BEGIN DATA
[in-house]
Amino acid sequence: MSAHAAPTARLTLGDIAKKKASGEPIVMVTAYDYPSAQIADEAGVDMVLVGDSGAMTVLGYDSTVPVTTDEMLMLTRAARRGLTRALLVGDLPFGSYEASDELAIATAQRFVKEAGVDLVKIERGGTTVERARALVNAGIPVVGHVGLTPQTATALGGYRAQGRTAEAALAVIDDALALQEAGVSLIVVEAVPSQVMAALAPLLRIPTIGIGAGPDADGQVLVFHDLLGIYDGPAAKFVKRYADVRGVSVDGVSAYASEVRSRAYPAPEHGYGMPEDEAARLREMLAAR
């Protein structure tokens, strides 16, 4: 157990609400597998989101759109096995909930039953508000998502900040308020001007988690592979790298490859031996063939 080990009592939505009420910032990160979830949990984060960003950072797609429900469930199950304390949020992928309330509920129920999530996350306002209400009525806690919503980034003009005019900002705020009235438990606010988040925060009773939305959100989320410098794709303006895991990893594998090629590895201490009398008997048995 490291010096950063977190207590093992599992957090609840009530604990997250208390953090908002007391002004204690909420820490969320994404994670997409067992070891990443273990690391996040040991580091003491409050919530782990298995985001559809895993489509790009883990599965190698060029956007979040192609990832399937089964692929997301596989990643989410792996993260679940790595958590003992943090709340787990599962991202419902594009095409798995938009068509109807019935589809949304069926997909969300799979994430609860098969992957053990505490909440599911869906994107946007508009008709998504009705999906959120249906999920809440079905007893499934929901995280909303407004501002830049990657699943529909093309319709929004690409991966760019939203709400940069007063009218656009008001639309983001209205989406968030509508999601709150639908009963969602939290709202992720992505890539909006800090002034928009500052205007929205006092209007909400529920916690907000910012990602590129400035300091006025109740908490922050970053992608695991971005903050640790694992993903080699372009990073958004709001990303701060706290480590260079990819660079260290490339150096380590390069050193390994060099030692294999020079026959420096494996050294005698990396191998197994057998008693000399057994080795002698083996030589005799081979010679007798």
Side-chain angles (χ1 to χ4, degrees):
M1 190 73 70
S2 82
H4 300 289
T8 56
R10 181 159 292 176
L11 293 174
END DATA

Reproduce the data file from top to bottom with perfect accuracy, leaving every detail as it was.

[in-house]
Amino acid sequence: MSAHAAPTARLTLGDIAKKKASGEPIVMVTAYDYPSAQIADEAGVDMVLVGDSGAMTVLGYDSTVPVTTDEMLMLTRAARRGLTRALLVGDLPFGSYEASDELAIATAQRFVKEAGVDLVKIERGGTTVERARALVNAGIPVVGHVGLTPQTATALGGYRAQGRTAEAALAVIDDALALQEAGVSLIVVEAVPSQVMAALAPLLRIPTIGIGAGPDADGQVLVFHDLLGIYDGPAAKFVKRYADVRGVSVDGVSAYASEVRSRAYPAPEHGYGMPEDEAARLREMLAAR
């Protein structure tokens, strides 16, 4: 157990609400597998989101759109096995909930039953508000998502900040308020001007988690592979790298490859031996063939 080990009592939505009420910032990160979830949990984060960003950072797609429900469930199950304390949020992928309330509920129920999530996350306002209400009525806690919503980034003009005019900002705020009235438990606010988040925060009773939305959100989320410098794709303006895991990893594998090629590895201490009398008997048995 490291010096950063977190207590093992599992957090609840009530604990997250208390953090908002007391002004204690909420820490969320994404994670997409067992070891990443273990690391996040040991580091003491409050919530782990298995985001559809895993489509790009883990599965190698060029956007979040192609990832399937089964692929997301596989990643989410792996993260679940790595958590003992943090709340787990599962991202419902594009095409798995938009068509109807019935589809949304069926997909969300799979994430609860098969992957053990505490909440599911869906994107946007508009008709998504009705999906959120249906999920809440079905007893499934929901995280909303407004501002830049990657699943529909093309319709929004690409991966760019939203709400940069007063009218656009008001639309983001209205989406968030509508999601709150639908009963969602939290709202992720992505890539909006800090002034928009500052205007929205006092209007909400529920916690907000910012990602590129400035300091006025109740908490922050970053992608695991971005903050640790694992993903080699372009990073958004709001990303701060706290480590260079990819660079260290490339150096380590390069050193390994060099030692294999020079026959420096494996050294005698990396191998197994057998008693000399057994080795002698083996030589005799081979010679007798």
Side-chain angles (χ1 to χ4, degrees):
M1 190 73 70
S2 82
H4 300 289
T8 56
R10 181 159 292 176
L11 293 174